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From study to scalpel: knowledge translation for research in orthopaedic surgery
  1. Hana Marmura1,2,
  2. Anita Kothari3,
  3. Alan MJ Getgood2,4,
  4. Jane S Thornton5,6,
  5. Dianne M Bryant7,8
  1. 1Health and Rehabilitation Sciences, University of Western Ontario Faculty of Health Sciences, London, Ontario, Canada
  2. 2Orthopaedic Sport Medicine, Fowler Kennedy Sport Medicine Clinic, London, Ontario, Canada
  3. 3Lab for Knowledge Translation in Health, University of Western Ontario Faculty of Health Sciences, London, Ontario, Canada
  4. 4Surgery, University of Western Ontario Schulich School of Medicine and Dentistry, London, Ontario, Canada
  5. 5Family Medicine, University of Western Ontario Schulich School of Medicine and Dentistry, London, Ontario, Canada
  6. 6Sport & Exercise Medicine, Fowler Kennedy Sport Medicine Clinic, London, Ontario, Canada
  7. 7School of Physical Therapy, University of Western Ontario Faculty of Health Sciences, London, Ontario, Canada
  8. 8Department of Health Research Methods, Evidence, and Impact, McMaster University Faculty of Health Sciences, Hamilton, Ontario, Canada
  1. Correspondence to Dr Dianne M Bryant, School of Physical Therapy, University of Western Ontario Faculty of Health Sciences, London, ON N6A 5B9, Canada; dianne.bryant{at}uwo.ca

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Why should I care about knowledge translation?

Evidence-based medicine (EBM) requires current best evidence to support treatment decisions for individuals.1 Despite substantial growth in EBM, medical practice continues to lag behind best evidence, and orthopaedics is no exception. In one study, American patients were only receiving about 57% of recommended care for orthopaedic conditions, indicating a research-to-practice gap.2

Orthopaedic research investigating surgical interventions is time consuming, costly and complex. Additionally, findings must reach a wide population of surgeons and patients to have impact. Researchers commonly rely on two main channels of dissemination: journal publication and conference presentations,3 often only reaching like-minded researchers and clinicians.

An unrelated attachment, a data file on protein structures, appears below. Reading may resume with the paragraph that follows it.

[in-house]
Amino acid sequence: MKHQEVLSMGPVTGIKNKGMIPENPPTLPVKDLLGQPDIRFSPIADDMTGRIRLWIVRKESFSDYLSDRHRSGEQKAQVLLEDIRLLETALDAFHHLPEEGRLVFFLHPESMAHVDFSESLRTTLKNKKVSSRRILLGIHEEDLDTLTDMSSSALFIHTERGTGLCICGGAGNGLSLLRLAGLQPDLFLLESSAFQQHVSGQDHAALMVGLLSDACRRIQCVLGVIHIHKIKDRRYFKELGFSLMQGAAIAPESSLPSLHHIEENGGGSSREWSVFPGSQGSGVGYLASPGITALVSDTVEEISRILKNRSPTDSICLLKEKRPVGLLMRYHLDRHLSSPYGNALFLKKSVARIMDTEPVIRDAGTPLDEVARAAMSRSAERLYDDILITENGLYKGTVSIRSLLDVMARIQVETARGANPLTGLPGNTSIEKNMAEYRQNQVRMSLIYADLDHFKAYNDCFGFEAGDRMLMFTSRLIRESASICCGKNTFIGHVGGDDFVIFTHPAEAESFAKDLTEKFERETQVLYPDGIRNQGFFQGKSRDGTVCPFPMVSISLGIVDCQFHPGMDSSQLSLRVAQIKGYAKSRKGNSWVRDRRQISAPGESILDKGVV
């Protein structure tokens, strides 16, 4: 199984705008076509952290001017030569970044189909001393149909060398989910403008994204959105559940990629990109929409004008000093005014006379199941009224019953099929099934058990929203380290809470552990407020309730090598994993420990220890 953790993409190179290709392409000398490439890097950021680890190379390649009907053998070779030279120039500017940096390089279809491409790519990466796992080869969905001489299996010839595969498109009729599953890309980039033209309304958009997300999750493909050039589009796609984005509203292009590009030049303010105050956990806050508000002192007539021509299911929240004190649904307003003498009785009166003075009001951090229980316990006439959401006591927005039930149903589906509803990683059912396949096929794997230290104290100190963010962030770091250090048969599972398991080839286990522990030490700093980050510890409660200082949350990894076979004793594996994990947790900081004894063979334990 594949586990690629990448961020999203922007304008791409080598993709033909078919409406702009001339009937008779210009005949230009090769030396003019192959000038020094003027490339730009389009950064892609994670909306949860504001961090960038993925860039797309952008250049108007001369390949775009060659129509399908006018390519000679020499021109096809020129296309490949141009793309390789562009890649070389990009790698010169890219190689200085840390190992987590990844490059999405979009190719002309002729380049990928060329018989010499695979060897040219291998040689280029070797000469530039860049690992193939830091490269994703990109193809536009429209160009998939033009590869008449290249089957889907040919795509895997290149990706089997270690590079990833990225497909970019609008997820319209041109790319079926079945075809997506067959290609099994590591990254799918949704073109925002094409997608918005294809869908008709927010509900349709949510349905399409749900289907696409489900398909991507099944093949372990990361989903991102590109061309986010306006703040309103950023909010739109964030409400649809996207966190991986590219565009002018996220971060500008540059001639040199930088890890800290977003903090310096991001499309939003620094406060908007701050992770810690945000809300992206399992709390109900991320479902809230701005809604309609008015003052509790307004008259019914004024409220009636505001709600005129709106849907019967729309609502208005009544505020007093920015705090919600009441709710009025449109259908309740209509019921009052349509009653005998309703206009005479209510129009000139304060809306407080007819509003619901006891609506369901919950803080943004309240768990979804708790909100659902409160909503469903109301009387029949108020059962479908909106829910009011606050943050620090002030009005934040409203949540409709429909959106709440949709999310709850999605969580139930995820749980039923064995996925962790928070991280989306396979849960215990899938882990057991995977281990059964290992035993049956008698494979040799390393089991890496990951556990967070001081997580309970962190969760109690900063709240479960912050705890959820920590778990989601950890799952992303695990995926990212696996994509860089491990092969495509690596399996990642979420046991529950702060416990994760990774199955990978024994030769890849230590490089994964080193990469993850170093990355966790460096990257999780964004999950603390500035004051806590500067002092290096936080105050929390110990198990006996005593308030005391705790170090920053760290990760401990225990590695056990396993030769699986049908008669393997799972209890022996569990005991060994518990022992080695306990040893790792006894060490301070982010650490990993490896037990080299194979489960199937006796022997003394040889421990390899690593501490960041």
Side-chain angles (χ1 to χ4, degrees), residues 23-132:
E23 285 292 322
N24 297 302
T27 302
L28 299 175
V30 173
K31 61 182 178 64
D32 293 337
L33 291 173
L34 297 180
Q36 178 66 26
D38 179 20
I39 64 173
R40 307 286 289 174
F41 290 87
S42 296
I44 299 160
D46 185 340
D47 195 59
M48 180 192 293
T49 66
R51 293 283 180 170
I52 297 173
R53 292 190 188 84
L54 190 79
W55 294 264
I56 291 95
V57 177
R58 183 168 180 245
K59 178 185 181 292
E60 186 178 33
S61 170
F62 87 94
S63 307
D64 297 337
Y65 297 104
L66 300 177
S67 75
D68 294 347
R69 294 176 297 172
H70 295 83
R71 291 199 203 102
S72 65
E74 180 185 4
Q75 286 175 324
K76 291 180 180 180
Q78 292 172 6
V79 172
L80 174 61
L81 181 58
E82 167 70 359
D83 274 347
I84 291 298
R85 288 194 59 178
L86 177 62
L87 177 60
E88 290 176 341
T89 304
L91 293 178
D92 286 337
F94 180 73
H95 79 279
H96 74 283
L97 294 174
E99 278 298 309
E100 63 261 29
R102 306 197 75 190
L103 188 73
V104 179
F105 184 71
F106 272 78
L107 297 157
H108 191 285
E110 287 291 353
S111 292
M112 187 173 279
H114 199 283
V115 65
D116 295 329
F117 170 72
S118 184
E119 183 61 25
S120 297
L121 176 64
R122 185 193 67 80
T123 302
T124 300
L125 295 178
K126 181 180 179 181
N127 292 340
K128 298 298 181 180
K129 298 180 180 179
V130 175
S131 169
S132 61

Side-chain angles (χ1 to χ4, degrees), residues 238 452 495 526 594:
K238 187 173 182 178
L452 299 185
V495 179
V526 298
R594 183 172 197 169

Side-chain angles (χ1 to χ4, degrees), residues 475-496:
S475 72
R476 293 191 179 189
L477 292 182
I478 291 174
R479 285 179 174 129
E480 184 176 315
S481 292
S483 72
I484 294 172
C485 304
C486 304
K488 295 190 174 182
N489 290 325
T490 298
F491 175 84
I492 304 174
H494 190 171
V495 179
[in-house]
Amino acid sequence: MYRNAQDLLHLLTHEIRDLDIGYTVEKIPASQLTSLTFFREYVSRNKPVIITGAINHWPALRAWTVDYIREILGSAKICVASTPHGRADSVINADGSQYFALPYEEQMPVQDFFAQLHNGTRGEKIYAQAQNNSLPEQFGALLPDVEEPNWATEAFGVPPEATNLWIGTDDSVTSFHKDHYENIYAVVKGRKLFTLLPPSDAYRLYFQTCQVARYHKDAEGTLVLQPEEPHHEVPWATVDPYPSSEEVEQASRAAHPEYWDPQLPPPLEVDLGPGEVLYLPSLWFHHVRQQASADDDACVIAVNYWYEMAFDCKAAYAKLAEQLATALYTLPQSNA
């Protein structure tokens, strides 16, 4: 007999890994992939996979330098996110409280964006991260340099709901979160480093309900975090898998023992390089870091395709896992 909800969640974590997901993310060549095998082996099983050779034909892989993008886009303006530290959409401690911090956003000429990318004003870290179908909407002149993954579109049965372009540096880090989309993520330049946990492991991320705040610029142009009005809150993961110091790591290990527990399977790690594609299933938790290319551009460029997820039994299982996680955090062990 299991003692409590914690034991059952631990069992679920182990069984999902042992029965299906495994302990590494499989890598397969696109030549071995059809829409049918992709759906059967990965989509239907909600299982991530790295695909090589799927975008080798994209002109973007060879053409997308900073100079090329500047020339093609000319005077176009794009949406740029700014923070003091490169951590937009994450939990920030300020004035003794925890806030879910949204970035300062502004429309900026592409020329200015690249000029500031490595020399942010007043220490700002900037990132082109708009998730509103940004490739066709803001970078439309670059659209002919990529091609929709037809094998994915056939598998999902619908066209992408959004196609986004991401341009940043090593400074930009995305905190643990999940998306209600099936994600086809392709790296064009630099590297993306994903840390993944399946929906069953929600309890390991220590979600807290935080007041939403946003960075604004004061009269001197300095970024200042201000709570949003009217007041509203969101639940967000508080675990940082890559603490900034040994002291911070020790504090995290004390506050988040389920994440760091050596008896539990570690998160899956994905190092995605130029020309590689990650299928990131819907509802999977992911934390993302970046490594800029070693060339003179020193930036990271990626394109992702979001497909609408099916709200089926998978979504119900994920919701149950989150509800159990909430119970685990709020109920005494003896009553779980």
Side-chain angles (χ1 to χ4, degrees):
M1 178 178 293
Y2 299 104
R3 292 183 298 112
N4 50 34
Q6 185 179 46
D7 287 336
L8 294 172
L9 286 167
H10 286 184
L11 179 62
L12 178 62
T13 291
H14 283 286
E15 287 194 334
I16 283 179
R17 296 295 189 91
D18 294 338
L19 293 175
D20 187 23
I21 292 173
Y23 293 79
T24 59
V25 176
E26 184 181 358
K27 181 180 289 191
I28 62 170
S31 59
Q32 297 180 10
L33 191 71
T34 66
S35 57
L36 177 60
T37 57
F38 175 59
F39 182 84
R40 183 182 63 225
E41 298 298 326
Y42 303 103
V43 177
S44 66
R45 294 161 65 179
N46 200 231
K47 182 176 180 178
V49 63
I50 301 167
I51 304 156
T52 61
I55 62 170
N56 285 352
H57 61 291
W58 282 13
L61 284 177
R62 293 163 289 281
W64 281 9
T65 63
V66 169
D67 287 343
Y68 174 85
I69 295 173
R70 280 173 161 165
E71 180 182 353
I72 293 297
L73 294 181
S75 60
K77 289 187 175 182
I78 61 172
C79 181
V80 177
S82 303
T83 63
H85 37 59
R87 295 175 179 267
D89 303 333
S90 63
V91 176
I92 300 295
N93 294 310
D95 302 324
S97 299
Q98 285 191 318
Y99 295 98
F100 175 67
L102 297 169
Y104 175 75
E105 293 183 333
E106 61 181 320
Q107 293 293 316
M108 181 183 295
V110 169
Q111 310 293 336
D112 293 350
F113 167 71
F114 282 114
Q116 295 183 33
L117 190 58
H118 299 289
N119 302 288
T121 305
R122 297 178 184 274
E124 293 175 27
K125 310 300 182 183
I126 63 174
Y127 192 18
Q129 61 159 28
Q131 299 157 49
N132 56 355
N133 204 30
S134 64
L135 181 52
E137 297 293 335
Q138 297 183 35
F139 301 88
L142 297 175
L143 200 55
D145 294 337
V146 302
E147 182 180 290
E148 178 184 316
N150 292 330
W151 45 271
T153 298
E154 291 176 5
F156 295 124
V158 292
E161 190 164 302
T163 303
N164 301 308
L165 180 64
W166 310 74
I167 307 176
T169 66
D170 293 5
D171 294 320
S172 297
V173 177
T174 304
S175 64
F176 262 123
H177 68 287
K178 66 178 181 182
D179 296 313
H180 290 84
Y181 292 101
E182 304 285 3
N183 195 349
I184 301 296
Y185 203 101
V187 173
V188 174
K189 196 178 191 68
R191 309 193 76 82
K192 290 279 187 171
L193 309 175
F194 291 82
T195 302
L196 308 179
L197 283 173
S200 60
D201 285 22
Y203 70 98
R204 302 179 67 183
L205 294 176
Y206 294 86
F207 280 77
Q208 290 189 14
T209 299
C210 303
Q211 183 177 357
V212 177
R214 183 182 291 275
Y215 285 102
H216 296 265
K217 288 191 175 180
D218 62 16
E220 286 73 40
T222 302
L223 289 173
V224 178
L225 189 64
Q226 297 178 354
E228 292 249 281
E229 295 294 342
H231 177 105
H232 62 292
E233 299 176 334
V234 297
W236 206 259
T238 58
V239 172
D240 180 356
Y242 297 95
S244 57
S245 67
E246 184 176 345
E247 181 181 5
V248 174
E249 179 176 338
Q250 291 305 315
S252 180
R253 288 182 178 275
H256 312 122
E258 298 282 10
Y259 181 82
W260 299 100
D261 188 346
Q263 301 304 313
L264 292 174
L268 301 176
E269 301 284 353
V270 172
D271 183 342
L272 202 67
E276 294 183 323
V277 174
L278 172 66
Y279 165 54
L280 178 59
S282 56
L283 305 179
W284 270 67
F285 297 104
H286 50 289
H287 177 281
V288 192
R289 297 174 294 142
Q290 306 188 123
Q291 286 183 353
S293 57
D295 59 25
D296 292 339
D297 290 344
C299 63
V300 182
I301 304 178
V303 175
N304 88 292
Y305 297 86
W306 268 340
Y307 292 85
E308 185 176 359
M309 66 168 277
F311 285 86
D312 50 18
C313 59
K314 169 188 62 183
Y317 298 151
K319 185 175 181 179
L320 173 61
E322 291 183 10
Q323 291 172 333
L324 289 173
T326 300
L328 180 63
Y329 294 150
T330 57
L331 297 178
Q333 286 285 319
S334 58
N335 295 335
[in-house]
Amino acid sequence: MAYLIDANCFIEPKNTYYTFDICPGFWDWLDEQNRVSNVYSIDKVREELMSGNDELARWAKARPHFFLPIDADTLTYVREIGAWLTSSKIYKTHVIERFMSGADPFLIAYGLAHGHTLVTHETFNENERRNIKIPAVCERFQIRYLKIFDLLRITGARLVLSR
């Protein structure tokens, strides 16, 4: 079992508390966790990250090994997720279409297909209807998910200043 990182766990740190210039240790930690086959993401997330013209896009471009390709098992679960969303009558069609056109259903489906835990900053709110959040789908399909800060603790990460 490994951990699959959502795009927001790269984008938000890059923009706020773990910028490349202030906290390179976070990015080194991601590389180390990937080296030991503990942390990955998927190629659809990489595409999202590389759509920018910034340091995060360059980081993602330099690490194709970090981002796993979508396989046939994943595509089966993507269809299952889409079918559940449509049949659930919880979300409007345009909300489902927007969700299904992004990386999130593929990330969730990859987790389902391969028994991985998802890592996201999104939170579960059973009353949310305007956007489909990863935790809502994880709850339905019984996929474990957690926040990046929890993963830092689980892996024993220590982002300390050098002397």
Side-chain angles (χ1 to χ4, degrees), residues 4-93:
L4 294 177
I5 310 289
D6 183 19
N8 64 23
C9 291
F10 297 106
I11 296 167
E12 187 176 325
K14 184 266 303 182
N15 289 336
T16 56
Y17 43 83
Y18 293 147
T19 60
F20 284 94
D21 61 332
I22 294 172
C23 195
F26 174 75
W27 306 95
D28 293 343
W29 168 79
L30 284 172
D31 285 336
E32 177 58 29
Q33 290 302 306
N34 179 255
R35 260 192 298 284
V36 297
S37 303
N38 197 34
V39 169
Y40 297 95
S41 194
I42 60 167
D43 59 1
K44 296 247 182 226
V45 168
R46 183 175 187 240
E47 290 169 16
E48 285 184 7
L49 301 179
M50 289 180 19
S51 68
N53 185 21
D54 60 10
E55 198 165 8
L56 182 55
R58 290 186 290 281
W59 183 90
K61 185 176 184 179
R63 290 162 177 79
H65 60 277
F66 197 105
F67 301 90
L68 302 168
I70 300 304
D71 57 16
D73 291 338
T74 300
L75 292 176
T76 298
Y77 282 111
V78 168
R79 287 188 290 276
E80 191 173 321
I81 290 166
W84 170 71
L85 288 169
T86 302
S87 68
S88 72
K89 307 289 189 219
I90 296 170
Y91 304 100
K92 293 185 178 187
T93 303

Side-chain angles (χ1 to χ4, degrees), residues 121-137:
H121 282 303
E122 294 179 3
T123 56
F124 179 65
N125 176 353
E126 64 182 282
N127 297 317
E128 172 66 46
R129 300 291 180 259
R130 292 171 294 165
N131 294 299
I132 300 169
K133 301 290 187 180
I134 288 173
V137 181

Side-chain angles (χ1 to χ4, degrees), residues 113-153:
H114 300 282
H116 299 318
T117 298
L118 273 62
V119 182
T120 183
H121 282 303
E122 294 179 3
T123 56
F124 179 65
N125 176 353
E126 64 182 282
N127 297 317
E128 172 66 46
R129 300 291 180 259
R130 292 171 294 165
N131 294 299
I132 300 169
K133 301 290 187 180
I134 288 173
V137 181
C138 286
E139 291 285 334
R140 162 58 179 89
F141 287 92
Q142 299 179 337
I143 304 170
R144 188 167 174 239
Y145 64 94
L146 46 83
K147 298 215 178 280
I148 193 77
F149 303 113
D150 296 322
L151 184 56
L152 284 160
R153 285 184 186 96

Knowledge translation (KT) supports EBM and is the synthesis, dissemination, exchange and ethically sound application of knowledge to improve health care.4 Strong KT plans can help secure research funding, scale up interventions, strengthen the quality of research and widen the impact of important studies. A concerted effort to improve KT within orthopaedics has the potential for rapid improvement in the field, by narrowing the knowledge to action gap, influencing decision-makers, and ultimately improving patient outcomes.

This editorial will walk readers through five key steps to develop feasible and effective KT plans to disseminate evidence-based best practices in orthopaedic surgery (figure 1). The steps are structured according to John Lavis’ five questions and organisation framework for effective translation of research knowledge5 (box 1).

Figure 1

Five steps to creating an effective knowledge translation plan for research in orthopaedic surgery.

Box 1

Five guiding questions for knowledge translation plans5

  • What should be transferred to …

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Footnotes

  • Twitter @HanaMarmura, @janesthornton

  • Correction notice This article has been corrected since it has been been published Online First. Figure 1 has been added.

  • Contributors HM contributed to conceptualisation, wrote the article, wrote the supplemental material KT plan and created the infographic. AK, AMJG and DMB contributed to conceptualisation, supervision, and revision of the article, supplement and infographic. JST contributed to revision of the article, supplement and infographic.

  • Funding The authors have not declared a specific grant for this research from any funding agency in the public, commercial or not-for-profit sectors.

  • Competing interests AG has received royalties from Smith & Nephew and Graymont, and consulting fees from Smith & Nephew, Ossur, and Olympus. JST is an editor of BJSM and Canada Research Chair in Injury Prevention and Physical Activity for Health.

  • Provenance and peer review Not commissioned; externally peer reviewed.

  • Supplemental material This content has been supplied by the author(s). It has not been vetted by BMJ Publishing Group Limited (BMJ) and may not have been peer-reviewed. Any opinions or recommendations discussed are solely those of the author(s) and are not endorsed by BMJ. BMJ disclaims all liability and responsibility arising from any reliance placed on the content. Where the content includes any translated material, BMJ does not warrant the accuracy and reliability of the translations (including but not limited to local regulations, clinical guidelines, terminology, drug names and drug dosages), and is not responsible for any error and/or omissions arising from translation and adaptation or otherwise.

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